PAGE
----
The Holocaust study tour is an educational tour that motivates, challenges, and engages students to rethink one of the most critical and horrific events in history. Traveling through Germany, Czech Republic, and Poland, students significantly connect to the Holocaust, by making meaningful and accurate cultural connections to the people and nations they visit.
Tuesday, April 2, 2013
Day 1 BERLIN
There's snow on the ground in Berlin as we began our adventures. Bishop O'Dowd students had arrived yesterday afternoon and were able to tour the dome of the Reichstag building this morning while waiting for the rest of our group from New Jersey who arrived this morning. We all met up at our hotel this morning and after brief introductions we were off on our day. Our local guide, Olaf, took us first to the Central Airport which had been built by the Nazis and which later served as the airport for West Berlin until the unification of the city in 1989. We were challenged to analyze what the building could tell us about the identity of the people who had built it. Mr. Barmore led the discussion about the straight lines, the uniformity, and the symmetry, all values which were important to the Nazis.
Our tour of Berlin continued as we went from the former West Berlin into East Berlin, passing through one of the three checkpoints which had served as links between the two sections of the city. The checkpoints had been named Alpha, Bravo and Charlie. We passed through the most famous of these checkpoints, Charlie, which has become more of a tourist attraction than many residents of Berlin prefer. Olaf reminded us that many Germans who were living in the Soviet zone of Berlin, which would become East Berlin, were killed, trying to escape to the West Berlin zone.
A new exhibition is being established to serve as a reminder to all visitors of these events.
We continued our drive through what was East Berlin, and Olaf pointed out sites such as the Berlin City Hall, the Jewish Museum which we will visit later in the week, and Aleksandrplatz, where thousands of East Berliners demonstrated during the Velvet or Peaceful Revolution in 1989.
On the famous Museum Island, we saw several museums which had been constructed under Frederick the Great, King of Prussia, and we learned how, at that time, Germany was, in fact, more than 300 dukedoms and municipalities. Mr. Barmore spoke to us about how Frederick the Great wanted to unit these smaller governmental units and unify them into a united, modern nation of Germany and the practical difficulties of achieving that goal. There ensued a discussion of "American nationalism" and what we believed that meant.
Ideas that were offered included: freedom, wealth, the American Dream ........all of which Mr. Barmore told us, were individual goals, whereas in Europe, when people are asked about nationalism, they tend to go immediately to their history and tradition, which provide a more collective identity. When Frederick wanted to gather those with similar traditions into one nation, the most common and most important of those traditions was language, so he attempted to unite by force those people who spoke German. The Nazis would later attempt the same thing, trying to identify and define their nation by something which didn't actually exist.....a common 'blood'.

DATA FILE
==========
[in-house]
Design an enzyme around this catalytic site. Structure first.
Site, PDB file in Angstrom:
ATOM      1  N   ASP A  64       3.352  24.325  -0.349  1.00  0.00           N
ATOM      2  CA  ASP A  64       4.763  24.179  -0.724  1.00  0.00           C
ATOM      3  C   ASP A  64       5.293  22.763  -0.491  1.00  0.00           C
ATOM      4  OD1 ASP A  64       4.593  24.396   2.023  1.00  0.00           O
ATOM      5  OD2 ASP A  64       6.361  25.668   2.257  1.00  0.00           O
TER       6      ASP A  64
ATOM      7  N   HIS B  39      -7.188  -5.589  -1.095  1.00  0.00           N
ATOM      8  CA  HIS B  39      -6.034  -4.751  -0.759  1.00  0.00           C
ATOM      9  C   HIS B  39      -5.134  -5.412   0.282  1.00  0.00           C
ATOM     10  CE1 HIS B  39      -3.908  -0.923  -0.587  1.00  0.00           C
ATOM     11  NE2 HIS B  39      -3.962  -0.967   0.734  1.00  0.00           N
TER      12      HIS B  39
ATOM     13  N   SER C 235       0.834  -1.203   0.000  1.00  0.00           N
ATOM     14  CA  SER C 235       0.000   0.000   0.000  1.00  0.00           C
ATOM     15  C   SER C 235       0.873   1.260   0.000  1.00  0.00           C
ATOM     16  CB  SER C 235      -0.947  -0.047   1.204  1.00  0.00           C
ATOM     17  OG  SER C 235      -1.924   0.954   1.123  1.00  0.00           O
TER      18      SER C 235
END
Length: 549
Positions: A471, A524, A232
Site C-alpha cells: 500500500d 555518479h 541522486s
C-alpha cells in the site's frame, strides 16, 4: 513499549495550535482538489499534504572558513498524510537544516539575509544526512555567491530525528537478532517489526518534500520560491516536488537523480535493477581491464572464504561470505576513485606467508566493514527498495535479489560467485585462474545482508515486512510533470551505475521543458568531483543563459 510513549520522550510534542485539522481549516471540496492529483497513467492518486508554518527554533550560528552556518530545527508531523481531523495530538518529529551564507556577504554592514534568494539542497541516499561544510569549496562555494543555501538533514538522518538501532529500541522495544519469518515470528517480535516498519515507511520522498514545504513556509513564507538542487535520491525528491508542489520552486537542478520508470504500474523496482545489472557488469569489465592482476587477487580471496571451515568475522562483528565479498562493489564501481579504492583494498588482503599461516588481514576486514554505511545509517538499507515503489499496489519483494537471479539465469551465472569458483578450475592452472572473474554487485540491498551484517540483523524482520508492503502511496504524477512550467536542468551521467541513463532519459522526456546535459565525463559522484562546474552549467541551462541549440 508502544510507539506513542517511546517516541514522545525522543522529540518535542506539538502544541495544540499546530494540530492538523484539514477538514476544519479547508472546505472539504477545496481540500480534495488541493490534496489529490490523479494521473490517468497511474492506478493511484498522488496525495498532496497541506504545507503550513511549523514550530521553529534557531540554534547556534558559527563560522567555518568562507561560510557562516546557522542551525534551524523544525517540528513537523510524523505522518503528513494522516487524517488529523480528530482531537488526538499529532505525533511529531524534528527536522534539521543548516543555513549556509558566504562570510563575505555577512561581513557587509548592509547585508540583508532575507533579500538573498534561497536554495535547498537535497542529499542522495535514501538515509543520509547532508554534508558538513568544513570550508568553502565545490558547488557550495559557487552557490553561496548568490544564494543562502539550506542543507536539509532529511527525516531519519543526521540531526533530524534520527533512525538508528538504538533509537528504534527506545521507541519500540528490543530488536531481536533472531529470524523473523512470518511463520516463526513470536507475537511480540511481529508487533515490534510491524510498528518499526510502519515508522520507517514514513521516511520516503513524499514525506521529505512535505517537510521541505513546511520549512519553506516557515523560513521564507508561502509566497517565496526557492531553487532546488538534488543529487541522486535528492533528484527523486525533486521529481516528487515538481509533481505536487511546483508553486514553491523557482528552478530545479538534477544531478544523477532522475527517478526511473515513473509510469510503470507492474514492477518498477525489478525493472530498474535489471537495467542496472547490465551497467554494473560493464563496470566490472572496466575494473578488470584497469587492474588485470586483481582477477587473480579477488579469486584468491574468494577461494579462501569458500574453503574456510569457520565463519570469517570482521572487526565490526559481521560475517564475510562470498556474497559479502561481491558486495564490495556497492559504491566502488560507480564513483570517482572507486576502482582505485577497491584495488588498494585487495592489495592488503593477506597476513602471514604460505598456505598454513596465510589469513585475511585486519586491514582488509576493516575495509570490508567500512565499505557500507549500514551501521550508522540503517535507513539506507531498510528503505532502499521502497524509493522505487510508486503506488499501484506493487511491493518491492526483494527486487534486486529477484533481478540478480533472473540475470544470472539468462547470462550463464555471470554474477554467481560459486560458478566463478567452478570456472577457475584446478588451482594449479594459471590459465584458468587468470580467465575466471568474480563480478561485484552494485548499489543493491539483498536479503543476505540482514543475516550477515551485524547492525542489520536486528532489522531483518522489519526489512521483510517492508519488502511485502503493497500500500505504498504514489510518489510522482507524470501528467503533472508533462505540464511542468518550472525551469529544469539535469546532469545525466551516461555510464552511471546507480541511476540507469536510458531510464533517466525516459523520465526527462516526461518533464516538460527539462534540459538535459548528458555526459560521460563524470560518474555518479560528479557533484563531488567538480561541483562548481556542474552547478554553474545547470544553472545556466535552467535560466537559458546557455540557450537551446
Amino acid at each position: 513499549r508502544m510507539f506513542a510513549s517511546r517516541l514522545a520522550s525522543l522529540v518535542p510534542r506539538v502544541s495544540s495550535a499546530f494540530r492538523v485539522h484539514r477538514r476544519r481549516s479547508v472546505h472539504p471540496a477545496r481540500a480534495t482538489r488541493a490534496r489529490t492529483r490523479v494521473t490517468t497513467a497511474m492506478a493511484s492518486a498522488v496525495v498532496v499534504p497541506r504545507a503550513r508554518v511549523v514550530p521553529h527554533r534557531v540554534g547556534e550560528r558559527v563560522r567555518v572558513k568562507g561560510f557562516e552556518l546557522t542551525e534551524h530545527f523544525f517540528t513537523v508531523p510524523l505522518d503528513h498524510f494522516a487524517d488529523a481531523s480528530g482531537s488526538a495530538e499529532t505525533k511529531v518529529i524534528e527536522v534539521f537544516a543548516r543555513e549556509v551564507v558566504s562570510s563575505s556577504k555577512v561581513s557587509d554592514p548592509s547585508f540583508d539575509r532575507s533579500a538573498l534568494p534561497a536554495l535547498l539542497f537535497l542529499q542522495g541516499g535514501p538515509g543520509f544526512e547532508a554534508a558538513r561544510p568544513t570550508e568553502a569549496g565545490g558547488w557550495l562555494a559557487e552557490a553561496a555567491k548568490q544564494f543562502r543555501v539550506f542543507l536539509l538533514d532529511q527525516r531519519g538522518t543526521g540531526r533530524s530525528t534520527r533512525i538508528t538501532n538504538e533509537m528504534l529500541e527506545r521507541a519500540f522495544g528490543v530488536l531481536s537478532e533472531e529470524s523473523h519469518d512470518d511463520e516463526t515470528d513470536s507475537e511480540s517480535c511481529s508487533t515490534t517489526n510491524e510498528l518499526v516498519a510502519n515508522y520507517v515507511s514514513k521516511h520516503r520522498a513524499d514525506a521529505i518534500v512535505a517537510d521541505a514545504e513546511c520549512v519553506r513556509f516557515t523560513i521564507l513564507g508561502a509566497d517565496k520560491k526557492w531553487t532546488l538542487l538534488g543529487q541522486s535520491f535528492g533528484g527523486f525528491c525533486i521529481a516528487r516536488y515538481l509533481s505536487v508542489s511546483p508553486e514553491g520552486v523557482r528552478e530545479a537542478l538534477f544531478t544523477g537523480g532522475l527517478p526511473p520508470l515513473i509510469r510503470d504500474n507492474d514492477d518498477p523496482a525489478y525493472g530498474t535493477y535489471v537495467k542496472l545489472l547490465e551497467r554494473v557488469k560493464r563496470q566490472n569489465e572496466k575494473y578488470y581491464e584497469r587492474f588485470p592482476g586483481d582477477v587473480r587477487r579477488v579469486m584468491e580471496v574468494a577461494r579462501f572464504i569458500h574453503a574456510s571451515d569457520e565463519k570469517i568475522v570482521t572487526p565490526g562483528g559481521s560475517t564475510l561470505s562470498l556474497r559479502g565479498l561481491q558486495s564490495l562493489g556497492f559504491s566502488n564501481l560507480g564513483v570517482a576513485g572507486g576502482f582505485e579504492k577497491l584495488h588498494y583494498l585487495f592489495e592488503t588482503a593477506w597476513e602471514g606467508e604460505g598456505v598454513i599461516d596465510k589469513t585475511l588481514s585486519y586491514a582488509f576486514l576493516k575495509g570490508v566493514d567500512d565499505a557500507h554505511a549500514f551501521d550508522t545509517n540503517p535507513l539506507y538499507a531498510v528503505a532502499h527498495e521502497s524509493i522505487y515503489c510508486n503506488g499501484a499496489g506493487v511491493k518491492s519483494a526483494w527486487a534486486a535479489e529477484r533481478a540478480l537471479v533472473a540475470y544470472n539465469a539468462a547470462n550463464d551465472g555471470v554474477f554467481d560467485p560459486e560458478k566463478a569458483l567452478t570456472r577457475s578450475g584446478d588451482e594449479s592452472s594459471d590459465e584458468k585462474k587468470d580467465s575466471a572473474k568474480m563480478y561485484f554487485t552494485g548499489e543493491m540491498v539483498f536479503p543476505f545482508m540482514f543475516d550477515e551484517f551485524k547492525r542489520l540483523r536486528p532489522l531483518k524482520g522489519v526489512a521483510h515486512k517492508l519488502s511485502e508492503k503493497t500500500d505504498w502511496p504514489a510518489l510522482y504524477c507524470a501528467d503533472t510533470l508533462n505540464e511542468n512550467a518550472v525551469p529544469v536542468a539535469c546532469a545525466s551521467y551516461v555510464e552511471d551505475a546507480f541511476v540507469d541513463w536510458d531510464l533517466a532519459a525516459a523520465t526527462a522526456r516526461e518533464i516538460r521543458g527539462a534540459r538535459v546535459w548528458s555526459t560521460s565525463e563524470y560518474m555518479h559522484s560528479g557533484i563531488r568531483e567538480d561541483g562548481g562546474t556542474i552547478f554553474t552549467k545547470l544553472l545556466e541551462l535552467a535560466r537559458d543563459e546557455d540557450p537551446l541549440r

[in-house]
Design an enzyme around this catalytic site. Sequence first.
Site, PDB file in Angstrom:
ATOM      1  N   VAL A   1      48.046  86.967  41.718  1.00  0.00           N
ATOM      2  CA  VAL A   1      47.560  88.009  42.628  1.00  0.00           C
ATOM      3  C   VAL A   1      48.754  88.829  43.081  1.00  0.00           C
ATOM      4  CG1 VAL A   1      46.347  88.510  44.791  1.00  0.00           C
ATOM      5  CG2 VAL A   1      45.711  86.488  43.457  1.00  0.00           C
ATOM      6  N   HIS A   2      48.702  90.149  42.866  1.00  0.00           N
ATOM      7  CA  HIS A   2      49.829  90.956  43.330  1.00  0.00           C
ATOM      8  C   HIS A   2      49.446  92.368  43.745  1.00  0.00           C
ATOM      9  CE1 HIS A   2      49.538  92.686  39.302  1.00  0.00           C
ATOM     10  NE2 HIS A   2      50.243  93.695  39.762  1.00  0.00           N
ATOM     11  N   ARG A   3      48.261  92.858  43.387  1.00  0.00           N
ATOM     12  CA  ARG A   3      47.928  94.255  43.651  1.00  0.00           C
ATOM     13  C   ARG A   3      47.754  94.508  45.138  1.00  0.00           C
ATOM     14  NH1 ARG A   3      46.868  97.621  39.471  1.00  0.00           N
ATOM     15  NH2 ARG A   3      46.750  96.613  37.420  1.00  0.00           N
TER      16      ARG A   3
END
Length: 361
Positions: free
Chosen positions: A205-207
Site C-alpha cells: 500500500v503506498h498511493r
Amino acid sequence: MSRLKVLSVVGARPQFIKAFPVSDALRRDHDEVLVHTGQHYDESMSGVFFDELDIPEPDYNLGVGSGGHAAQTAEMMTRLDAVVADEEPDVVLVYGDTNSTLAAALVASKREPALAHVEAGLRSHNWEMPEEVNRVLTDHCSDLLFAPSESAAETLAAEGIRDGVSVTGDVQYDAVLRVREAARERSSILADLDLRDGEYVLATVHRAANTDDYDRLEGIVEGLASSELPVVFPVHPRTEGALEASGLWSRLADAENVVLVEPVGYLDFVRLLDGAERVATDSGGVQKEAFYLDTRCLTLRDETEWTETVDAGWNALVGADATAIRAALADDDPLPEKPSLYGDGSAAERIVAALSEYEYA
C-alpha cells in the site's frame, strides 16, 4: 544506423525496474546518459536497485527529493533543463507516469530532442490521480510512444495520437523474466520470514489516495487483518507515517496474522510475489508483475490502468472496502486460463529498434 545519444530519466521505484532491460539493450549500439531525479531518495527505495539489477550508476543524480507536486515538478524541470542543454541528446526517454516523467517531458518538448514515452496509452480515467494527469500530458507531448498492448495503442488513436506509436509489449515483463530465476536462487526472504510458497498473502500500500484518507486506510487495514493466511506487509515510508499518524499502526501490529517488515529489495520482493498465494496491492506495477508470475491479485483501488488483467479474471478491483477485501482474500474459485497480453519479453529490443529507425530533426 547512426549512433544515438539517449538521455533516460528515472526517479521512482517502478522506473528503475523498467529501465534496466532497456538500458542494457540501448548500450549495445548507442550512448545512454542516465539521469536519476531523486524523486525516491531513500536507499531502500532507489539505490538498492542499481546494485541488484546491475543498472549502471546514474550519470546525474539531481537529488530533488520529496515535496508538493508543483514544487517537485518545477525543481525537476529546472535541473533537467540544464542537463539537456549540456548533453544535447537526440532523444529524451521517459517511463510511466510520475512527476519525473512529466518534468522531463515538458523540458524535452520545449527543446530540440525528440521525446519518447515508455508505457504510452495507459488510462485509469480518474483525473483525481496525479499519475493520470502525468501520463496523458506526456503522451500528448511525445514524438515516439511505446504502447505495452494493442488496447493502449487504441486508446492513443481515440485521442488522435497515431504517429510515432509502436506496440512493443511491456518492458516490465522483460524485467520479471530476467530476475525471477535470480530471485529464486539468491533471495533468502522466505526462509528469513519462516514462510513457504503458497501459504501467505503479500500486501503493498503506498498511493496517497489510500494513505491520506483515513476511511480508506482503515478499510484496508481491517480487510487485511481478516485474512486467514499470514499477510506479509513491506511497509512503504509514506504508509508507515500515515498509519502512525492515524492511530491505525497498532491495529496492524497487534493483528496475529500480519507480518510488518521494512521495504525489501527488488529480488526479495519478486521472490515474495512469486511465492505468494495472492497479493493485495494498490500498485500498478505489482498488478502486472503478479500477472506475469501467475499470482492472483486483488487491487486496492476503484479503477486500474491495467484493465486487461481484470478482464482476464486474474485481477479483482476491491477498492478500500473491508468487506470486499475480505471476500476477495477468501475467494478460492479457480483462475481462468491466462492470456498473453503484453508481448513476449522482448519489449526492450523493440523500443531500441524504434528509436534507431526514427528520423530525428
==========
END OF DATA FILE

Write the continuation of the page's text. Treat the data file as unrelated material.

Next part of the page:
Our next stop was the Memorial to the Murdered Jews which is a city block on which are 2711 blocks. We talked about what these blocks might represent to various visitors, the structure of the memorial, and what the architect might have wanted to achieve with his unique design. We then proceeded to two adjacent memorials to other victim groups in the Holocaust. Across the street was the memorial to the homosexuals who were victims of Nazi persecution and a little farther down the street was the memorial to the Sinti and Roma victims, more commonly known as Gypsies. Both of these memorials were distinct and we discussed the role of memorials. Is a memorial intended to bring understanding to an event and educate the visitor? Is it intended to cause the visitor to ask questions and keep the event alive in our memory? These memorials are all considered modern memorials which are often more interactive, disturbing, and thought-provoking.
After lunch at the Potsdamer Platz near our hotel, we proceeded to our last stop of the afternoon, the Topography of Terror, a museum which attempts to answer the question "How was it humanly possible?" by taking us through the bureaucratic process of the Third Reich on the site of where many of the offices so instrumental in the Holocaust stood.
We headed back to our hotel to check into our rooms and freshen up before dinner at our hotel. After dinner we will be reflecting on the day's events and have our first journaling session before heading off to get a good night's sleep which the New Jersey students, especially, are eagerly awaiting. Students will be posting their individual reflections on our blog beginning tomorrow.